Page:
biotic factors [12, 13]. The insects may contact the insecticide
deposit only at sub lethal levels which may not kill them but
alter their populations in different ways through changes in
survivorship, reproductive capability and the genetic
constitution of successive generations [11]. Sub lethal effects
are expressed as physiological or behavioural changes of the
insects that survive an exposure to a pesticide [14].
Daily application of pesticides and or insecticides in the
control of agricultural pests and medical insect vectors is one
of the precursors of environmental modifications taking place
globally. This factor alone has created a lot of environmental
stress which has impacted on the ecosystems and the fauna;
insects are mostly impacted, through changes in its
population, its biology, biochemistry and behaviour.
Therefore, insects remain the major bio-indicators of these
changes impacted by insecticides or pesticides responsible for
environmental modifications. This study reviews the sub
lethal effects of Cypermethrin on some key biology of Culex
mosquito in order to update our knowledge on the current
dose-response status of insect vectors and reassess the
prioritization and design of the chemical for control
programmes.
dichlorovinyl)-2, 2-dimethylcyclop-ropanecarboxylate was
used for the larval and adult bioassays. The insecticide is a
contact poison, more resistant to degradation by light and air;
and with low mammalian toxicity [15]. It was obtained on the
counter from an agrochemical retailer shop in Akure, OndoState, Nigeria.
2.2 Preparation of dosages
A 1ppm stock solution of the commercial formulated products
of the chemical (Cypertex 10% EC) was prepared using
distilled water as solvent. For larval bioassay, serially diluted
diagnostic concentrations of 0.1, 0.05, 0.025, 0.0125 and
0.00625 ppm were prepared through addition of aliquots of
the serially diluted stock solution to water in measuring flask.
The resulting diagnostic assay solutions in 1000 ml volume
jars produced were stored at room temperature and later used
for the bioassay. Similarly, for the adult bioassay, diagnostic
concentrations of 25, 12.5, 6.25, 3.125, 1.563 and 0.781 ppm
were also prepared through serial dilutions. For the adult
bioassay, we impregnated the solutions on filter papers
following WHO (1986) [16] protocol, Whatman filter papers of
4cm by 4cm size and area of 16cm2 were treated with 1ml of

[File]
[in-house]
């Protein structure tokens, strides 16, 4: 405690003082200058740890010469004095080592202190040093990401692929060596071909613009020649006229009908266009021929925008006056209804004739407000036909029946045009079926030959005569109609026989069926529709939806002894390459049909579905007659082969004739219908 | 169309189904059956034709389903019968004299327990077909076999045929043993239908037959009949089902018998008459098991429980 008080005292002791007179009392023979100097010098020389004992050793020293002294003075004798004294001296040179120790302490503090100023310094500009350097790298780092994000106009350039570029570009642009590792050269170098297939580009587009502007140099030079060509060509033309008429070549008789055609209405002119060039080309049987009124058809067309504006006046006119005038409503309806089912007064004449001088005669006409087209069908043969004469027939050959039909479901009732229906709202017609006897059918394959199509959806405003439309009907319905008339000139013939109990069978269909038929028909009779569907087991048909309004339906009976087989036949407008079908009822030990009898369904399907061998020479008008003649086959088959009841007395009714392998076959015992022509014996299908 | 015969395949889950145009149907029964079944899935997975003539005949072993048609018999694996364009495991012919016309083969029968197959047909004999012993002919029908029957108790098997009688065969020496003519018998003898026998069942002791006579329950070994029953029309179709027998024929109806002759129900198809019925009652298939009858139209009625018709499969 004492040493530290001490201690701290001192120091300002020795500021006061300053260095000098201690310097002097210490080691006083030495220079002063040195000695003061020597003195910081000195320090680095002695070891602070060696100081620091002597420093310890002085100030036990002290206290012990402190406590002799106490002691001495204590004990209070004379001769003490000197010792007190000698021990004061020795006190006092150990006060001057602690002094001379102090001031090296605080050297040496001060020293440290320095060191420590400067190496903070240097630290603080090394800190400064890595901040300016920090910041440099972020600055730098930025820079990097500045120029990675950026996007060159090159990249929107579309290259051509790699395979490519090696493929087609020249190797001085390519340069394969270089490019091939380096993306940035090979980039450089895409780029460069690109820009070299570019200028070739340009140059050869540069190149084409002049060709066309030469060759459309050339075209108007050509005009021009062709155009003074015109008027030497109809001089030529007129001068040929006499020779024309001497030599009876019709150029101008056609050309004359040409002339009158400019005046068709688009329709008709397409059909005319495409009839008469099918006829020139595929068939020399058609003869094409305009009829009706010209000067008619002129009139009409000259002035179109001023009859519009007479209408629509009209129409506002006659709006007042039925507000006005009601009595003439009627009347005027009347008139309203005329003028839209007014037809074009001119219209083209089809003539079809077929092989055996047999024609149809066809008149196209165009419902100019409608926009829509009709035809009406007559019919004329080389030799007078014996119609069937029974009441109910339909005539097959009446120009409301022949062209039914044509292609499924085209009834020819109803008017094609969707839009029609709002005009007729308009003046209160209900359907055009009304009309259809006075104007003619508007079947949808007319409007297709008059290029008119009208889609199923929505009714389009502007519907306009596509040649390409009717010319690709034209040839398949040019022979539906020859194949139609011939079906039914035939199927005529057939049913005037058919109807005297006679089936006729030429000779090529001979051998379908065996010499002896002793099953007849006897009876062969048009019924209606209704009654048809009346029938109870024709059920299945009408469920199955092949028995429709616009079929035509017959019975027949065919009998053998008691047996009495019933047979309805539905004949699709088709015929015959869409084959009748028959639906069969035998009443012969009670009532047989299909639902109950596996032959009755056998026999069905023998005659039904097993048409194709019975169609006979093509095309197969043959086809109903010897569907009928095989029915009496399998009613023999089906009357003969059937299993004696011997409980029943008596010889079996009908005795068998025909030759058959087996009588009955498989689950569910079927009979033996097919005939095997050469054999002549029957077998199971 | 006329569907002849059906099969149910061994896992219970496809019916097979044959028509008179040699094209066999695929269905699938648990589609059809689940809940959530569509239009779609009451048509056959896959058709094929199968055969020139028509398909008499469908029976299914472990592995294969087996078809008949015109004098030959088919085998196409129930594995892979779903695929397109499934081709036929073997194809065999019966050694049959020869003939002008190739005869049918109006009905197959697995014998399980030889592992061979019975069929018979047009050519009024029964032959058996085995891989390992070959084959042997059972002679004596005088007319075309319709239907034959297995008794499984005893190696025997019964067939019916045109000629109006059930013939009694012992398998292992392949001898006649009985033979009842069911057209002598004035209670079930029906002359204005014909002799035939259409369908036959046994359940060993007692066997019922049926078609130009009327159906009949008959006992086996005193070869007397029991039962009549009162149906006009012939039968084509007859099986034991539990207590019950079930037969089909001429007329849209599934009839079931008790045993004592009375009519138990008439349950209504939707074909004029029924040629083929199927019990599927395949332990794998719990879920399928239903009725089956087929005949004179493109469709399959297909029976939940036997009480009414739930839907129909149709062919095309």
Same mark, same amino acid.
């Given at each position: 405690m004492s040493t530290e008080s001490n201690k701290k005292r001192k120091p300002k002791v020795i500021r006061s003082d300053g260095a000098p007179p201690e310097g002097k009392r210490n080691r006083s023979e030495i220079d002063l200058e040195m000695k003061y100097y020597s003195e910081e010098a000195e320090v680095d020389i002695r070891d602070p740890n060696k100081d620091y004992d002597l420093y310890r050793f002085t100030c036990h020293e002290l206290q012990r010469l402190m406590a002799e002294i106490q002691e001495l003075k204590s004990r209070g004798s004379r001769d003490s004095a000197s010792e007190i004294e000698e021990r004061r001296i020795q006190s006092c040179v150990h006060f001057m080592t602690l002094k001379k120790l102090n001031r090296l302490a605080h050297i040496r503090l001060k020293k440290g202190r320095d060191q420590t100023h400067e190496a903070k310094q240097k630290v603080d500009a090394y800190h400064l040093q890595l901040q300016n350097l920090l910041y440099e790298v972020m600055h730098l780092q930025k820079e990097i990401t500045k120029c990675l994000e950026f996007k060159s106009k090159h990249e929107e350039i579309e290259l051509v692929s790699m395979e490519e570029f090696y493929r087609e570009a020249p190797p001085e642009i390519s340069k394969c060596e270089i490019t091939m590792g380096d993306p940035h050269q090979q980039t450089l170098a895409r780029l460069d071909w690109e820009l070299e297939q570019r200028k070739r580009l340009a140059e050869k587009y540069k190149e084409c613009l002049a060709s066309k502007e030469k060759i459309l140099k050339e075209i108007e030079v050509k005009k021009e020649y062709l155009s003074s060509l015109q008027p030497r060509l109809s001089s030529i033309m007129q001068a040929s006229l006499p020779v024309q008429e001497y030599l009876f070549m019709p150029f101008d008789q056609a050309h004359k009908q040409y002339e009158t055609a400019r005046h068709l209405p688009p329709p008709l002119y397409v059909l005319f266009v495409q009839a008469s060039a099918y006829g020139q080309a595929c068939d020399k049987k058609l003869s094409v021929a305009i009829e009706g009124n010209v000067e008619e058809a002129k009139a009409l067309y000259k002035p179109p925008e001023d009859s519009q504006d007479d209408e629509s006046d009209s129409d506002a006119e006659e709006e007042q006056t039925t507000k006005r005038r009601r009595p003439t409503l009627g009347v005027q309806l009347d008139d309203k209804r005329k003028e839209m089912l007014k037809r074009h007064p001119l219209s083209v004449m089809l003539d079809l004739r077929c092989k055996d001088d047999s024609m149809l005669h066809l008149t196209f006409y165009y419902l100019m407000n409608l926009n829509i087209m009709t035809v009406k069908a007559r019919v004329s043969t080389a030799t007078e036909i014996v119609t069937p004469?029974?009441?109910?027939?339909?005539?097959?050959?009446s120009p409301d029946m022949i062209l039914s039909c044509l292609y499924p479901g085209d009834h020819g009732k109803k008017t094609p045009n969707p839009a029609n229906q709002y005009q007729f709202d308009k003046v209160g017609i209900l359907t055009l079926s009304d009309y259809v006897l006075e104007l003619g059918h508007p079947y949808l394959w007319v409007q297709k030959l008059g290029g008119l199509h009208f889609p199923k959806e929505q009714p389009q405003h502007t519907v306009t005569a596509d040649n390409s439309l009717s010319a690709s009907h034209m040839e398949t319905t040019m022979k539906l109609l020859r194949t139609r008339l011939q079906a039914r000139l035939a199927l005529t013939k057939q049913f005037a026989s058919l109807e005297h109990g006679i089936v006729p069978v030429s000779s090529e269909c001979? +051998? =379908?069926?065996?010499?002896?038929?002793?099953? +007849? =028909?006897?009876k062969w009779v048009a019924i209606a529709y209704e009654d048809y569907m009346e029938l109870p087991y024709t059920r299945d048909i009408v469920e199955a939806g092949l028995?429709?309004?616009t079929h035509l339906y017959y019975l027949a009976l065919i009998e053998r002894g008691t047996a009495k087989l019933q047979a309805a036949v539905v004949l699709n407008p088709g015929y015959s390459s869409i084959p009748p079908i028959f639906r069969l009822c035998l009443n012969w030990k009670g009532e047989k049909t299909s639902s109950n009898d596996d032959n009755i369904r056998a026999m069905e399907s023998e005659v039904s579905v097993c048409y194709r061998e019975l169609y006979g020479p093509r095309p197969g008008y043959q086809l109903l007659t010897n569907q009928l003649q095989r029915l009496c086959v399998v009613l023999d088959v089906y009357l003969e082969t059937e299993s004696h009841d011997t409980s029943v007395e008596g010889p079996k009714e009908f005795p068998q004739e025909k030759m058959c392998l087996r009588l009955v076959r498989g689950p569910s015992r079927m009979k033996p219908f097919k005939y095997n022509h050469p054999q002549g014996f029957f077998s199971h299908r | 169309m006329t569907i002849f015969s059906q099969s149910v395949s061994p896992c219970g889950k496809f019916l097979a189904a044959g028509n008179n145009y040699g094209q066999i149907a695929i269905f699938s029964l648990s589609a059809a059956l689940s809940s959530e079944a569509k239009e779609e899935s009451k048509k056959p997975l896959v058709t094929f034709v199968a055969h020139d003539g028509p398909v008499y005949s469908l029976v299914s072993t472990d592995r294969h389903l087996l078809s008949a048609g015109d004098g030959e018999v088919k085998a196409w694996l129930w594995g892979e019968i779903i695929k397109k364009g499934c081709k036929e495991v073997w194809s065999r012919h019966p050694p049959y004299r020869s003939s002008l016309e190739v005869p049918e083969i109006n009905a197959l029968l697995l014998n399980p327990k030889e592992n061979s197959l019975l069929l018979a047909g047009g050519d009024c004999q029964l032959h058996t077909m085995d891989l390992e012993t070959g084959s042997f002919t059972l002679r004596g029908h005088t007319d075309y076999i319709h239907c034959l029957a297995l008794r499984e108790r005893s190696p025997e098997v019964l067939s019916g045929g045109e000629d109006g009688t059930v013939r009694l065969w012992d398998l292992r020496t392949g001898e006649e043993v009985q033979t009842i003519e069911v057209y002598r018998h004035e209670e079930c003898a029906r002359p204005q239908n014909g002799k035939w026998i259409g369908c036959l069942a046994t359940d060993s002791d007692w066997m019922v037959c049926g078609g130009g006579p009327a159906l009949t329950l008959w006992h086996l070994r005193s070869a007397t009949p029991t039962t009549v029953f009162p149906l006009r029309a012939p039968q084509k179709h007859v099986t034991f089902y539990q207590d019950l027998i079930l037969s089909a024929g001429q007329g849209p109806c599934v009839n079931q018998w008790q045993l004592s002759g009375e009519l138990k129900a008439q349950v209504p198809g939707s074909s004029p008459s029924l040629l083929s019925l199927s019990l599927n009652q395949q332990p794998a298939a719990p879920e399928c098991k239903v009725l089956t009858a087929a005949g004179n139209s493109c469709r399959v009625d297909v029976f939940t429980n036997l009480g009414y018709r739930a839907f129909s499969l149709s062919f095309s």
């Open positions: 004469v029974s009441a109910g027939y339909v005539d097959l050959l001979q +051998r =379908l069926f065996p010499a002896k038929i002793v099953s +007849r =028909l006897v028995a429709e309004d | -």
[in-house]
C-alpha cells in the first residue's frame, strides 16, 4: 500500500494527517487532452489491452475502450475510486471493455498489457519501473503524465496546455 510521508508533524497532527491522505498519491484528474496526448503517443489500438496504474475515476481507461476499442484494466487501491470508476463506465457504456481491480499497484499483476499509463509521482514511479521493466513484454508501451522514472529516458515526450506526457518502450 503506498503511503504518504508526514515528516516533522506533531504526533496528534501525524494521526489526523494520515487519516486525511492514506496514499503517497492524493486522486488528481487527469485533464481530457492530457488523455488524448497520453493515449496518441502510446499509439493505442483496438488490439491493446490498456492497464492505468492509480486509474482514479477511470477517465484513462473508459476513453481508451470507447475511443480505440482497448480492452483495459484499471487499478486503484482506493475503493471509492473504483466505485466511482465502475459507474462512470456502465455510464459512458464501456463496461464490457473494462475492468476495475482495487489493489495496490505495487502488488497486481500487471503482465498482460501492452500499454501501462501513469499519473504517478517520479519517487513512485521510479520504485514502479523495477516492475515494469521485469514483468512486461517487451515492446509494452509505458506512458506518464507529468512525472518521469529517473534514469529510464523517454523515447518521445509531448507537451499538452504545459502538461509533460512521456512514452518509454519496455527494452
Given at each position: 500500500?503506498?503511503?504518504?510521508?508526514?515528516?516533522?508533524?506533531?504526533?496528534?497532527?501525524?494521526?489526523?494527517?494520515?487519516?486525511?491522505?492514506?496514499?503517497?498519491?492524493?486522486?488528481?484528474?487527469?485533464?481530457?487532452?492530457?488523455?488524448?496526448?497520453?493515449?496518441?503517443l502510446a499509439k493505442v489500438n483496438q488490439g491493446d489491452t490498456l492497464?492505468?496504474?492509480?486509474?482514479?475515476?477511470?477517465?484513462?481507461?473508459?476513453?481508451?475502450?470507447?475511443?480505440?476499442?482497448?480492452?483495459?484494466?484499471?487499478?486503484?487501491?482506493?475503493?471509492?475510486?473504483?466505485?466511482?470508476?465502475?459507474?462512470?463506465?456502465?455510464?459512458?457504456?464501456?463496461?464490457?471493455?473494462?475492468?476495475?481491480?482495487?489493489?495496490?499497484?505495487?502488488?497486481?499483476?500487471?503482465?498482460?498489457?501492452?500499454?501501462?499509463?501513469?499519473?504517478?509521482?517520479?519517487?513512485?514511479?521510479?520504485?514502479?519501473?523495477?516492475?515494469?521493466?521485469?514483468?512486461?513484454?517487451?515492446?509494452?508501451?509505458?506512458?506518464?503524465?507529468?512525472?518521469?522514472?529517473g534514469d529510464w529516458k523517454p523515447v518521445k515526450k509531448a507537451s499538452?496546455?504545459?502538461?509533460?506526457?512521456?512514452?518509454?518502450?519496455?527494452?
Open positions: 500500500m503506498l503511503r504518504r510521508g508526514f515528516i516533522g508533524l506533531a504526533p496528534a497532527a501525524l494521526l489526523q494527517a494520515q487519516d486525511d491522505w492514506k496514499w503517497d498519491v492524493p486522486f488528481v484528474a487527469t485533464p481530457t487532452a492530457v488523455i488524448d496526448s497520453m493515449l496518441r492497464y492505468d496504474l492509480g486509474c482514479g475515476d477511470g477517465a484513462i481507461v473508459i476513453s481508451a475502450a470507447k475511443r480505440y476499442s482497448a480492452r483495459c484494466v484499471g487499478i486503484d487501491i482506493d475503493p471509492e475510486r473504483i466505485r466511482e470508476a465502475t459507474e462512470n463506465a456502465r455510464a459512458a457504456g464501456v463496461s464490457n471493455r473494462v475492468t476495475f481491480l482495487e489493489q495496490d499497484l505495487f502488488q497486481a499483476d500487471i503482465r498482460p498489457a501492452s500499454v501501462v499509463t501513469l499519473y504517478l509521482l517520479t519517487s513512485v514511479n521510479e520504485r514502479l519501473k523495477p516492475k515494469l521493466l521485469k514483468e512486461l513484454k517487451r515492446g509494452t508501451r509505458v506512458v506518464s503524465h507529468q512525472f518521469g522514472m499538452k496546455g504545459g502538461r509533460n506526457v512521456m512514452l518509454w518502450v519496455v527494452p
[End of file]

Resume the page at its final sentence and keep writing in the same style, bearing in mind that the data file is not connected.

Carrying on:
each of the pre-determined doses for the adult bioassays. The
filter papers were allowed dried for a day and wrapped in
aluminium foils, stored at -20 oC and later used. A control
experiment was set up for both larval and adult bioassays
using acetone, 1000ppm of stock solution of acetone was
serially diluted to concentrations prepared in ppm for
cypermethrin for both larva and adult assays. All the
experiments were replicated four times. The diagnostic
concentrations values used were predetermined from the dose
instructions on the product label.
2.3 Determination of sublethal dosages
The mortality data obtained from larval and adult diagnostic
bioassays were used to fix LC10, LC20 and LC30 of
Cypermethrin from the extrapolations made on the probit and
logit to obtain the log dose values for lethal treatments that
recorded mortality of 10, 20 and 30%, the LC10, LC20 and
LC30 concentrations were used to assess the sublethal effects
on the mosquito biology.
2. Methodology
Culex mosquitoes were reared under laboratory conditions by
mass collection of eggs of the species in the field using water
and yeast as bait attractants to adults that lay eggs. The eggs
laid were transferred into a jar containing water with hay
infusion and algae to aid its hatching and development into
larvae, pupa and adults. The adults that emerged were kept in
netted cages 35cm by 35cm by 35cm3 at a temperature of 2729 °C and relative humidity of 70-85%, and photoperiod of
14:10 (L: D). 10% sucrose syrup was provided daily as source
of carbohydrate for the adults and in addition, blood meal was
provided for the females from fur shaved white albino rats
kept in the cage and human arms intruded for 10mins daily in
the cage for the mosquitoes to suck blood. The experiment
was carried from January to December, 2015, mosquito
species used for the bioassays were identified as Culex
quinquefasciatus by the Entomology Research Laboratory,
Federal University of Technology, Akure.
2.4 Test of sublethal dosage on adult emergence [16]
Twenty L3 – L4 of second filial generations larvae were
released into each replicates of LC10, LC20 and LC30 dose
concentrations of solutions prepared. The experiments were
held at room temperature and humidity, the rate of growth and
development of larvae was monitored till adults emergence
and percentage emergence calculated [16].
2.5 Test of sublethal dosages on oviposition and egg
development [17]
Twenty gravid females mosquitoes each were selected and
exposed to each replicates treatments for LC10, LC20 and LC30
of Cypermethrin fixed from the probit and logit dose values in
the primary bioassays. These treated gravid females in each
dose replicates were returned to the breeding cages, fed with
10% sucrose syrup, supplied with jar of water and filter paper
dipped in yeast, folded to form a cone to act as ovitrap. Eggs
laid on the filter paper were counted under a dissecting
microscope (S6 – BLED Stereo Zoom Dissecting Microscope,
Swift MW). The eggs were transferred to the hatching trays
2.1 Test chemicals
Commercial formulation of a Pyrethroid (Cypertex 10% EC),